When I first noticed the teasers for Kristine Stevens' new book, If Your Dream Doesn't Scare You, It's Not Big Enough, it made me queasy.
I wasn't quite sure why. Every time I saw another Facebook update or a colorful poster for Stevens' July 11 book signing at Moon River Brewing Company, my innards squeezed up like a pursed-lipped schoolmarm who'd just found obscene graffiti in her private bathroom. I'd be minding my own business, doing responsible adult-y things like making a list for Home Depot or trying to remember my online banking password (because you're not supposed to write it down even though part of being a real grown-up means not being able to remember crap), and there it was again, taunting me like a mischievous fourth-grader with a fuchsia Sharpie.
My inner sourpuss crossed her arms and squelched her face up even more.
I'm busy keeping the size of my post-40 ass under control and now I have to worry about whether my dreams are big enough?
Listen, I don't need any more anxiety. I'm pretty much consumed with the leaking shower pan in my bathroom and whether anyone gave the diabetic pug her insulin this morning. Not to mention staking out the thermostat to make sure no one surreptitiously drops it past 73 degrees. You know what scares me? The freakin' power bill.
Then I realized why all this talk about big dreams was knitting my colon into a lopsided three-armed sweater: I had become my own worst nightmare.
Who the hell ARE you? wondered the slice of me who shaved her head at 23 and set off for Alaska in a VW van after college. The one who got punched in the face for mouthing off to a cop in Greece.
The one who had no other plan other than to be a writer of life's glorious grit in the vein of Jack Kerouac and Charles Bukowski, only without the syphilis and liver damage.
I was once on fire to become one of Allen Ginsberg's "angelheaded hipsters burning for the ancient heavenly connection." Instead, I had joined the best minds of my generation destroyed by the madness brought on by the abject terror of choosing new bathroom tile.
Oh, the shame.
As it turns out, Stevens did not title her book to upset me. If Your Dream Doesn't Scare You, It's Not Big Enough refers to her own colossal undertaking of quitting her job and adventuring solo around the world with only the pack on her back. It was an endeavor that required 26 plane tickets and jettisoning most of the ideas she'd ever had about herself.
"I grew up with the traditional messaging that you go to college, you get a job, you buy a house, you grow old," explained Stevens when I met her for tea last week at the Sentient Bean.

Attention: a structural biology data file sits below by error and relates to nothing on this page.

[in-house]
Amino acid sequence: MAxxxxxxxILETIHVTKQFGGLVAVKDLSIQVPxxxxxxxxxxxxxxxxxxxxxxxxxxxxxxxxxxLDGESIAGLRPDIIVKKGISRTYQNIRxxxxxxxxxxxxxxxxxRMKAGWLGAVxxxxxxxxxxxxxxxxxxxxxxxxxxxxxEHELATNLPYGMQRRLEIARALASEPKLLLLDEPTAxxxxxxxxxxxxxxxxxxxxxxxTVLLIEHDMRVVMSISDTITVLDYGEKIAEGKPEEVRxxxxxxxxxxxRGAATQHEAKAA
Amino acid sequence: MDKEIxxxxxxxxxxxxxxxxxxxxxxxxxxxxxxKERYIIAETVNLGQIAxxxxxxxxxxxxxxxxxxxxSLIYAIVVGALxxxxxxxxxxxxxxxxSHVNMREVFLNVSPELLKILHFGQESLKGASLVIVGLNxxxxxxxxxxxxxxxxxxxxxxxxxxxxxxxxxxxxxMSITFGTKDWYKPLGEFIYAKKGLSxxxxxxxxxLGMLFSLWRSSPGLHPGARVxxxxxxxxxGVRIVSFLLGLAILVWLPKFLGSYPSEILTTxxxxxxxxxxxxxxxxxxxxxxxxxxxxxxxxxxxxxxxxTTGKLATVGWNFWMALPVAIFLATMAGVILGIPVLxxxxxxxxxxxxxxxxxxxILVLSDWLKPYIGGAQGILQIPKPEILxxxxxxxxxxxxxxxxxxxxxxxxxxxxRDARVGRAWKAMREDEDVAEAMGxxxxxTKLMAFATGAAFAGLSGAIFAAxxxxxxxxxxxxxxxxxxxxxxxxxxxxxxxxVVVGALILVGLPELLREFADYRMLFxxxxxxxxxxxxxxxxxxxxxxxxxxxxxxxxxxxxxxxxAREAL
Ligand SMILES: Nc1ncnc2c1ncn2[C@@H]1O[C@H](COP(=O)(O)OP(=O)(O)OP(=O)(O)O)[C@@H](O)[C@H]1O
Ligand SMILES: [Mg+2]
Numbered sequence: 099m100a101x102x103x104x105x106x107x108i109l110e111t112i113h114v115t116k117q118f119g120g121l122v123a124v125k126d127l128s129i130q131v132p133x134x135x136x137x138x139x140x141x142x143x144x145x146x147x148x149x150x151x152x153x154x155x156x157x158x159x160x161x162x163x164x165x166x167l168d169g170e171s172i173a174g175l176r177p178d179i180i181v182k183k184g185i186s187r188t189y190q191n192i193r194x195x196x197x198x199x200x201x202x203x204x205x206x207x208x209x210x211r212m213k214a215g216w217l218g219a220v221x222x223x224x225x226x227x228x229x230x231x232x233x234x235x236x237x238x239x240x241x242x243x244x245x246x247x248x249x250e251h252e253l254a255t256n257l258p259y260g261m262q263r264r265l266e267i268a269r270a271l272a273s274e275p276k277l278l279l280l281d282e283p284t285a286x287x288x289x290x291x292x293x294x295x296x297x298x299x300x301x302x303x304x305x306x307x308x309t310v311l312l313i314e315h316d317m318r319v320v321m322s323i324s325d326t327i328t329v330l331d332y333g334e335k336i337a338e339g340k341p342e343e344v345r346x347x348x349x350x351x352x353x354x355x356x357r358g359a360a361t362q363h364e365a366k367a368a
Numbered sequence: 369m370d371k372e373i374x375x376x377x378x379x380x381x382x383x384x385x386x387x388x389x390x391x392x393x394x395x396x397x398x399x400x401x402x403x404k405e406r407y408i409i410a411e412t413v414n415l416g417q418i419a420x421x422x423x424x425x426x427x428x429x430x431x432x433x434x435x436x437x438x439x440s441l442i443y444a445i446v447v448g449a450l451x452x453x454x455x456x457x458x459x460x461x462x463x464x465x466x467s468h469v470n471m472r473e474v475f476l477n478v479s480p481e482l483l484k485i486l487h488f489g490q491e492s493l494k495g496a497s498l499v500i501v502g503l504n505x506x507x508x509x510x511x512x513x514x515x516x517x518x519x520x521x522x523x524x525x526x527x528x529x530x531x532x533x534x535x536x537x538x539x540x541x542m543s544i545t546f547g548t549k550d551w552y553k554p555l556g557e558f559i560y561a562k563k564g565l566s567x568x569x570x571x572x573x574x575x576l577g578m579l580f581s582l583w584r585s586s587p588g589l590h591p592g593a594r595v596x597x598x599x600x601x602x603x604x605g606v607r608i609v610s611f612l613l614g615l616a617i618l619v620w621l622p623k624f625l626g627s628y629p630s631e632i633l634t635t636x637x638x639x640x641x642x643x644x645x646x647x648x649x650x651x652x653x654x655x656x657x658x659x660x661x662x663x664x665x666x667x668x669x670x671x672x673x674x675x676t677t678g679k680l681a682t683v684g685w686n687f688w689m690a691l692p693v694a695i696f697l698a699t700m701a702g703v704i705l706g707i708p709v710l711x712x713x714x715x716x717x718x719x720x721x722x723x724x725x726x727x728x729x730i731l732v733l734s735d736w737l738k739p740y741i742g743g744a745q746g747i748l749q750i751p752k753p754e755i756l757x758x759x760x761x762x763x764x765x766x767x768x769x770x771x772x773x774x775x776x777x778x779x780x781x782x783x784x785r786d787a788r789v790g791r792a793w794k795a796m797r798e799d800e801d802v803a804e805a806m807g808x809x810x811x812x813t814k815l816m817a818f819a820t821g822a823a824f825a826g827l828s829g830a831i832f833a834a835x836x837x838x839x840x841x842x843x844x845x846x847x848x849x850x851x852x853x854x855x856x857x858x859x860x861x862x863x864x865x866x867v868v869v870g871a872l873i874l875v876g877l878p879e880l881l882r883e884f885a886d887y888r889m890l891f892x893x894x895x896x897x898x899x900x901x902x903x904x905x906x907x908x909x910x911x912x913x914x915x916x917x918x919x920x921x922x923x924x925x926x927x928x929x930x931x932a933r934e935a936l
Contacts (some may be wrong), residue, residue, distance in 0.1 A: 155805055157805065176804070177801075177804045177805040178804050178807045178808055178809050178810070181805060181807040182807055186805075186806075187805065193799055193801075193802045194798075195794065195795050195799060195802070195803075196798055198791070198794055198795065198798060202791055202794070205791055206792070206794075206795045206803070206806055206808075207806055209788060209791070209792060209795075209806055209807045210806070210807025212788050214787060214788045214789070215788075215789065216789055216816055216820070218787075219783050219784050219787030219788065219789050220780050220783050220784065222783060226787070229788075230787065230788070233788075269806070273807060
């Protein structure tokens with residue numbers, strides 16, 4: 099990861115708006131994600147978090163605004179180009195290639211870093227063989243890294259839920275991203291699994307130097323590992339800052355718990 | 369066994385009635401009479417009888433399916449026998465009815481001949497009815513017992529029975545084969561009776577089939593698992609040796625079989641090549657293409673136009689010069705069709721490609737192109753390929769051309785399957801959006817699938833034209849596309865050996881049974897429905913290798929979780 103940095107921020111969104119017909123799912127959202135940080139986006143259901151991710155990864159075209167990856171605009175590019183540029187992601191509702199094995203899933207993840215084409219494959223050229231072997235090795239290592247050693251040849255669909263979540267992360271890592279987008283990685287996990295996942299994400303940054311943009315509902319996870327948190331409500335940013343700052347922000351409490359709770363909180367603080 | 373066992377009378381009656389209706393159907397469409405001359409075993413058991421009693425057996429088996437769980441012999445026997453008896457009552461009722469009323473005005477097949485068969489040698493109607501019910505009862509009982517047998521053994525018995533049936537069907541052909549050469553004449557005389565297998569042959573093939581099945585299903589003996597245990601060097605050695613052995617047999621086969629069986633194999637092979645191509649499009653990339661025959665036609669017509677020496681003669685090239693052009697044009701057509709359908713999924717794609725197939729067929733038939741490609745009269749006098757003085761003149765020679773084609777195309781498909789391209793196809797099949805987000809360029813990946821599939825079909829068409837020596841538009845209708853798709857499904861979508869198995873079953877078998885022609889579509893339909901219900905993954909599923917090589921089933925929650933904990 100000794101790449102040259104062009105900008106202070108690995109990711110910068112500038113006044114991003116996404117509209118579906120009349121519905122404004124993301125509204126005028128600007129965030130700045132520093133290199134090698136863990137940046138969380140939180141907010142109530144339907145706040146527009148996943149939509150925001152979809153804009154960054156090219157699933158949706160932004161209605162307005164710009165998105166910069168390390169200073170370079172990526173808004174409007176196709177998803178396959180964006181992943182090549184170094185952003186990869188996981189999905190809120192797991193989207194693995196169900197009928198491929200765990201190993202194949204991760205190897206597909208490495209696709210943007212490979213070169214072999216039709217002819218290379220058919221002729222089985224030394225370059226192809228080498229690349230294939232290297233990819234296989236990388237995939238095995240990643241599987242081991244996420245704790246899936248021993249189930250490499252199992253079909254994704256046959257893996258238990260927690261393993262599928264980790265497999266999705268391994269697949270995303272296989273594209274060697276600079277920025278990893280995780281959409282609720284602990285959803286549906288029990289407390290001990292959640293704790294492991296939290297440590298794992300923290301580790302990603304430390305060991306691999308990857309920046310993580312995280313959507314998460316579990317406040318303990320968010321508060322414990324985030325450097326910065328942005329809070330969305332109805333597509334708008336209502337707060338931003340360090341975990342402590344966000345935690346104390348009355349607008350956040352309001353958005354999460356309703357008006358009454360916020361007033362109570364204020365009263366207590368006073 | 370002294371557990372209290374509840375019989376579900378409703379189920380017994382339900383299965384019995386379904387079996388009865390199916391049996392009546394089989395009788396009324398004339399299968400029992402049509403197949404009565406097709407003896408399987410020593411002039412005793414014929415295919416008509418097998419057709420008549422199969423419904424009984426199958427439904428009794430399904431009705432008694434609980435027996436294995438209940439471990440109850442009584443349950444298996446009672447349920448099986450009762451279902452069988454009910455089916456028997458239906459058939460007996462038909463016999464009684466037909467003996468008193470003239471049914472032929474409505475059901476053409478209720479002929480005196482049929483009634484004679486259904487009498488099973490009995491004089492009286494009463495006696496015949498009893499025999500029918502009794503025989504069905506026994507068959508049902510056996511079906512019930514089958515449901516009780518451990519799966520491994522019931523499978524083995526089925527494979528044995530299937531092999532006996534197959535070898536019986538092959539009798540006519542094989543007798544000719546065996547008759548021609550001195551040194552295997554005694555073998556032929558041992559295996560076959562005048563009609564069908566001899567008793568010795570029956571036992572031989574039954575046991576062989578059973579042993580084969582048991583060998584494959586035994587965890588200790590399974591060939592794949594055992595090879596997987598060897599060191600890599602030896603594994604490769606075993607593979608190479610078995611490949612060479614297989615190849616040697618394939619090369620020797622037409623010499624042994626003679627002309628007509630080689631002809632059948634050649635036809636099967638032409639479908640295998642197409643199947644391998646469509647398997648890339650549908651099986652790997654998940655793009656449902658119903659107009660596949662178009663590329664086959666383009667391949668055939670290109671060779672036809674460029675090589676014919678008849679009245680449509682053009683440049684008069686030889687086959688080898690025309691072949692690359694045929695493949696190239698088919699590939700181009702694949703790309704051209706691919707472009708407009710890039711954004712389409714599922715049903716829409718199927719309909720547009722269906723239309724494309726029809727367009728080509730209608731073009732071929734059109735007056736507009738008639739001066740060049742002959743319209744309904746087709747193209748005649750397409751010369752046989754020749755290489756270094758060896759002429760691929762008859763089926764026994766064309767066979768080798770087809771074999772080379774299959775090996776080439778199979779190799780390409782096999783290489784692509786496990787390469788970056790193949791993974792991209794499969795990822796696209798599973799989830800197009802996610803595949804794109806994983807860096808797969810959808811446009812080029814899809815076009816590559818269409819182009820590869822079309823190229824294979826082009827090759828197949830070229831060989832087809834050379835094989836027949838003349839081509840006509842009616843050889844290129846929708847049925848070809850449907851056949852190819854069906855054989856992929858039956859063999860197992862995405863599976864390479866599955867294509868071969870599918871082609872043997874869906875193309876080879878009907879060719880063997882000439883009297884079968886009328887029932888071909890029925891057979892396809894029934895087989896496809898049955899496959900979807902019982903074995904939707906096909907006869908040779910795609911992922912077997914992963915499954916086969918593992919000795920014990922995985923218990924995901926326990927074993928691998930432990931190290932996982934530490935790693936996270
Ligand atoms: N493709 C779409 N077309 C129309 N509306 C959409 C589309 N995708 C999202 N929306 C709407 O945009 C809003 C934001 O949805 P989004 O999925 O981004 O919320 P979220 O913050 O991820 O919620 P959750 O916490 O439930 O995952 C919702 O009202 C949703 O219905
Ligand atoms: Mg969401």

As a well-paid manager of online databases, she had marched that path like a good soldier, with the 401K and the mortgage to prove it. Then the fluorescent lights of her cubicle flickered one time too many, igniting the urge to veer sideways into life's proverbial wilderness.
She liked the notion of a transformative soul trek for her 40th birthday, but the idea of traveling around the world alone was "just too big, too bold, too out there."
Somehow she mustered up the intestinal fortitude to do it anyway. She sold her home in North Carolina and packed her life into boxes. She set off first for the East African markets of Dar es Salaam, Tanzania, where as a six-foot tall redhead, blending in was not an option. Watching elephants tussle on a Kenyan safari came next, followed by traversing the majestic mountains of Kathmandu, riding a scooter in Laos, circumnavigating back to American ground in Hawaii and Alaska.
By counting her pennies, she was able to stretch the sojourn into seven months, and she always adhered to a fellow traveler's admonition to trust her gut, thus avoiding severe gastronomic distress or any rapey vibes.
She kept her agenda loose, with "just enough structure to find the fine line between 'brave' and 'crazy.'" Most of the time that worked out. Sometimes it didn't, like the time she got waylaid without a visa in Mumbai, detailed in the chapter "Thirty-Eight Snickers Bars to a Better Attitude."
Though she doesn't call herself religious, by the time she landed back on the tip of Key West, she felt she had made a type of spiritual pilgrimage, a journey that took her within as she traversed without.
But don't look for any of that Eat Pray Love preachiness here. Stevens calls her funny and descriptive book "travel candy," though she isn't surprised that certain sourpusses find the title provocative.
"It's very easy for people to get caught up in what's expected of them," she nodded sympathetically.
It's been almost a decade since her epic odyssey, but Steven's eyes shine bright with the memories of it. Her manuscript came out of her MFA thesis from SCAD, where she has a day job as a website content manager.
Though her wayfaring ways have been tempered, she continues to cultivate her dreams, which these days include shorter trips with her husband, Moon River co-owner Gene Beeco, and promoting her book.
"I hope it will inspire people to ask themselves what is your dream, and what are you doing to make it real?"
My curmudgeonly Responsible Adult Self furrowed her brow and considered this. The bald-headed punk who made it from Tucson to Big Sur solely on food rescued from Whole Foods dumpsters shrugged.
The working writer and wife raising two healthy children waved from the garden, then flashed her boobs just to show she's still the type of person who would.
Sure, it's been years since my last big dream, but I'm still pretty busy living it. Although it DOES sound deliciously scary to chuck the remodel plans and spend the tax return on a trip to Barcelona.
Then again, there's nothing wrong with vicariously enjoying the travels of others from a princess bathtub.